Dr. J. W. Bradley was a missionary to China. The village he ministered in had 164 families of which 148 of them were going to starve that winter. He did all he could under the circumstances. “A man sitting near, who had sold everything to keep his family from starving, said to him: ‘When you came here a few years ago I called you a foreign devil. Now I see you going about distributing bread to my people and ministering to the sick, and you say you are doing this for Jesus. Dr. Bradley, please tell me, who is Jesus?’”
Couldn’t find anything on Bradley; except maybe his daughter was the secretary for Chinese missions for the Presbyterian church. My search did lead me to some articles about Eric Little, the Olympic champion. It turns out after his victory at the Olympics he took off for missionary work in China. He would eventually marry a Canadian women and have children. When the war between Japan and China enveloped their lives; he sent his family home to Canada while he remained to minister in his place of calling. You get a beautiful description of his upbeat life as he ministered to everyone in the internment camp for foreigners run by the Japanese. He would die in the camp from a brain tumor of sorts.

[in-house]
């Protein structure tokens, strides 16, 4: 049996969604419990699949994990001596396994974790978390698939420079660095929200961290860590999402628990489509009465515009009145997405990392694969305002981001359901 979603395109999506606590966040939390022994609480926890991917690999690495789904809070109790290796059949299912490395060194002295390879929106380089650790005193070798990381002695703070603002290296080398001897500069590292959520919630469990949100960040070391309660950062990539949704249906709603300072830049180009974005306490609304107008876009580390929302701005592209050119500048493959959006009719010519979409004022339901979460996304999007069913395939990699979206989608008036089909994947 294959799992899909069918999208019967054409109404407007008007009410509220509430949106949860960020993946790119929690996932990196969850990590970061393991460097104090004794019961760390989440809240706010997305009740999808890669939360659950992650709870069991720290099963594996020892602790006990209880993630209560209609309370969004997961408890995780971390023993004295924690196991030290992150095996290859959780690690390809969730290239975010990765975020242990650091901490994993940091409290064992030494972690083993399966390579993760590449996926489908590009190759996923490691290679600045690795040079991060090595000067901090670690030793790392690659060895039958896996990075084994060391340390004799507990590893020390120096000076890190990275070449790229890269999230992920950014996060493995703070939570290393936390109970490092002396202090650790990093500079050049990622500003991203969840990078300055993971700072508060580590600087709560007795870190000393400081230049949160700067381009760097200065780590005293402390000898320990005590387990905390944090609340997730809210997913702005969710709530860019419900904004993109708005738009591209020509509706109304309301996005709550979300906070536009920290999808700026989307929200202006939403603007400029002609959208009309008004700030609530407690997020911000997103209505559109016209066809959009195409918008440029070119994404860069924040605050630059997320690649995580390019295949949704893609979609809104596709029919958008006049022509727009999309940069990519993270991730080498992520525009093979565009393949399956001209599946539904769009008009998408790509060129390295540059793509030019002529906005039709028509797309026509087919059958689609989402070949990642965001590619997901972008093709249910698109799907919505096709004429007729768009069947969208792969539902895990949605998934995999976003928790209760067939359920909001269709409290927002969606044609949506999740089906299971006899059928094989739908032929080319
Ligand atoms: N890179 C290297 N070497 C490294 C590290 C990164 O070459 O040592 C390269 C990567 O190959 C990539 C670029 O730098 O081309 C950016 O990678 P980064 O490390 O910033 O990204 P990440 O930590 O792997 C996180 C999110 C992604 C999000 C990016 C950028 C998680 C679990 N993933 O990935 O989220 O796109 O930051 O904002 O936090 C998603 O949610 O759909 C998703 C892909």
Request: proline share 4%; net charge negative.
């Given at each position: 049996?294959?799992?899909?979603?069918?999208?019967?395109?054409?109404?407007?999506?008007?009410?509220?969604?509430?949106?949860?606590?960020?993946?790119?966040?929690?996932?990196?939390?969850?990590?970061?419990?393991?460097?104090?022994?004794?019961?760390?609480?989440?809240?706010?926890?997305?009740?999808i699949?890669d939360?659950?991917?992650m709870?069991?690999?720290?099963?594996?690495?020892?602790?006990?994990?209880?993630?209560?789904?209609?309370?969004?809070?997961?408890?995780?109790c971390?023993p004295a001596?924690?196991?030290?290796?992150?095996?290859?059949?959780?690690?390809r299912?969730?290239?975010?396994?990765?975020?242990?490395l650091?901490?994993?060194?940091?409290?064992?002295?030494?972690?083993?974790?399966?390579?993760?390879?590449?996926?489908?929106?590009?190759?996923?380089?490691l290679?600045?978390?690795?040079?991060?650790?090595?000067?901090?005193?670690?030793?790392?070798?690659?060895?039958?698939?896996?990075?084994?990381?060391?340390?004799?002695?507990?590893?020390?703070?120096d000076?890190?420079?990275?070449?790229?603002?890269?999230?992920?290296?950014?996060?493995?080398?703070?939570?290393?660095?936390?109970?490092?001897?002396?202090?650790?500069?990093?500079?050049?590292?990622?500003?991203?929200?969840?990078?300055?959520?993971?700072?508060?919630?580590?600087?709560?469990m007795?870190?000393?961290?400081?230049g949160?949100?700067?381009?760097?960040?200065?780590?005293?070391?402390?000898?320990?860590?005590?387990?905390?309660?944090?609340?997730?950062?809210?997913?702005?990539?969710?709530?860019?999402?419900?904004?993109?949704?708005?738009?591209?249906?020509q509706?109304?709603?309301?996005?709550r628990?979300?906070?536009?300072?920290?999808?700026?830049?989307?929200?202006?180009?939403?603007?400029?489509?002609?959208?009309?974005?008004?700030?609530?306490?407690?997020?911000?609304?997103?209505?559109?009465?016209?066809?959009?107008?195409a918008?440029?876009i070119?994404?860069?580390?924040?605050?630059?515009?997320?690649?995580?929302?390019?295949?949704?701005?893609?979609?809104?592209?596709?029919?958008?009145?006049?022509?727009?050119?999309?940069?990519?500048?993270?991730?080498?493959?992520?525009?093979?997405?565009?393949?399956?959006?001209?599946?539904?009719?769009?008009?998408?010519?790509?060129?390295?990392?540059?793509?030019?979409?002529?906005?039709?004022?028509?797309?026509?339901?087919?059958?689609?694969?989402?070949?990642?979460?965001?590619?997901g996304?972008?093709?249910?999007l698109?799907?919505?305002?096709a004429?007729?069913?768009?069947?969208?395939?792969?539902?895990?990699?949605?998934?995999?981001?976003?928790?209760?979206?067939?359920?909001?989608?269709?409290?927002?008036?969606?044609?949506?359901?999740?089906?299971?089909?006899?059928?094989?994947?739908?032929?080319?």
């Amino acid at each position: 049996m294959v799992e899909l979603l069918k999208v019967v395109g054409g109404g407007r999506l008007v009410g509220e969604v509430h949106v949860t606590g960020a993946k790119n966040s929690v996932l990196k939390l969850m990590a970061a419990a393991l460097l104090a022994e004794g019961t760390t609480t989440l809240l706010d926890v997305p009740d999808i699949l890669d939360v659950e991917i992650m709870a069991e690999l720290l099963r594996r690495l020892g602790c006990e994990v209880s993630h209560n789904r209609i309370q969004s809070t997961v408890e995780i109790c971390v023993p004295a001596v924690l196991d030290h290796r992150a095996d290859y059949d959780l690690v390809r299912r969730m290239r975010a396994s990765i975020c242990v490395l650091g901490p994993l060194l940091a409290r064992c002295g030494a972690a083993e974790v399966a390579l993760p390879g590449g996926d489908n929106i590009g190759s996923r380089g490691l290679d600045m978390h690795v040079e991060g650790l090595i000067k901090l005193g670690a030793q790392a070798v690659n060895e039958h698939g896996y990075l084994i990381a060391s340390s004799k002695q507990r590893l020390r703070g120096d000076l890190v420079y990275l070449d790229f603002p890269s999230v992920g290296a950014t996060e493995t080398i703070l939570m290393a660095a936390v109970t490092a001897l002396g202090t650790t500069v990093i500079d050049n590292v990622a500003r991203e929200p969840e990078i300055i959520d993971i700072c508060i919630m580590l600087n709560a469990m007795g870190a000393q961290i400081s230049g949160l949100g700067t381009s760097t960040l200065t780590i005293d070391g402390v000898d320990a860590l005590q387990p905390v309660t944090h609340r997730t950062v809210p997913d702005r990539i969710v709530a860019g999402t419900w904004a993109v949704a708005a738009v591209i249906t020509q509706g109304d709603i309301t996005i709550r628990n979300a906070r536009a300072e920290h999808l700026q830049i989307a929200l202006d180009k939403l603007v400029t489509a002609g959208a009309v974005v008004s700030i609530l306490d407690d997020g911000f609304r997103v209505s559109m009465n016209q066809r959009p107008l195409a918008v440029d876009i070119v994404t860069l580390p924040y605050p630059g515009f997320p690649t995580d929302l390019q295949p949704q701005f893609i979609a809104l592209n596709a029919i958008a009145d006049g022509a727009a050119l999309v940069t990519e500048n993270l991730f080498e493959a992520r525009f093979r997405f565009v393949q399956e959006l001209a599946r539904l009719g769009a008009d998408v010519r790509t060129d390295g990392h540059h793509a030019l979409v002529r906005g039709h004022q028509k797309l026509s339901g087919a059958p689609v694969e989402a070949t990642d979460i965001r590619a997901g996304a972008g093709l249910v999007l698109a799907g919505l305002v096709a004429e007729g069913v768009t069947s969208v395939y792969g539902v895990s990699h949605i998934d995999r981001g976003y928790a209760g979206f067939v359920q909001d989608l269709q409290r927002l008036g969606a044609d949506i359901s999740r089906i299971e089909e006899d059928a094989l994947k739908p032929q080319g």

William DeWitt Hyde: “Jesus taught us to make every human interest we touch as precious as our own, and to treat all persons with whom we deal as members of that beneficent system of mutual goodwill which is the Kingdom of Heaven.”
William DeWitt Hyde was a pastor, writer and president of a college. His book “The Five Great Philosophies of Life” was used as the springboard for this book comparing Jesus’ stewardship to the philosophies of the world.
A few quotes:
“Christianity of this simple, vital sort is the world’s salvation. Criticised by enemies and caricatured by friends; fossilised in the minds of the aged, and forced on the tongues of the immature; mingled with all manner of exploded superstition, false philosophy, science that is not so, and history that never happened; obscured under absurd rites; buried in incredible creeds; professed by hypocrites; discredited by sentimentalists; evaporated by mystics; stereotyped by literalists; monopolised by sacerdotalists; it has lived in spite of all the grave-clothes its unbelieving disciples have tried to wrap around it, and holds the keys of eternal life.”
“Love has no desire to deceive, and hence no fear of being disbelieved.”
“The end of all our actions is to be free from pain and fear; and when once we have attained this, all the tempest of the soul is laid, seeing that the living creature has not to go to find something that is wanting, or to seek something else by which the good of the soul and of the body will be fulfilled.”
“He who is least in need of the morrow will meet the morrow most pleasantly.”
“We ought to look round for people to eat and drink with, before we look for something to eat and drink: to feed without a friend is the life of a lion and a wolf.”
― William De Witt Hyde, The Five Great Philosophies of Life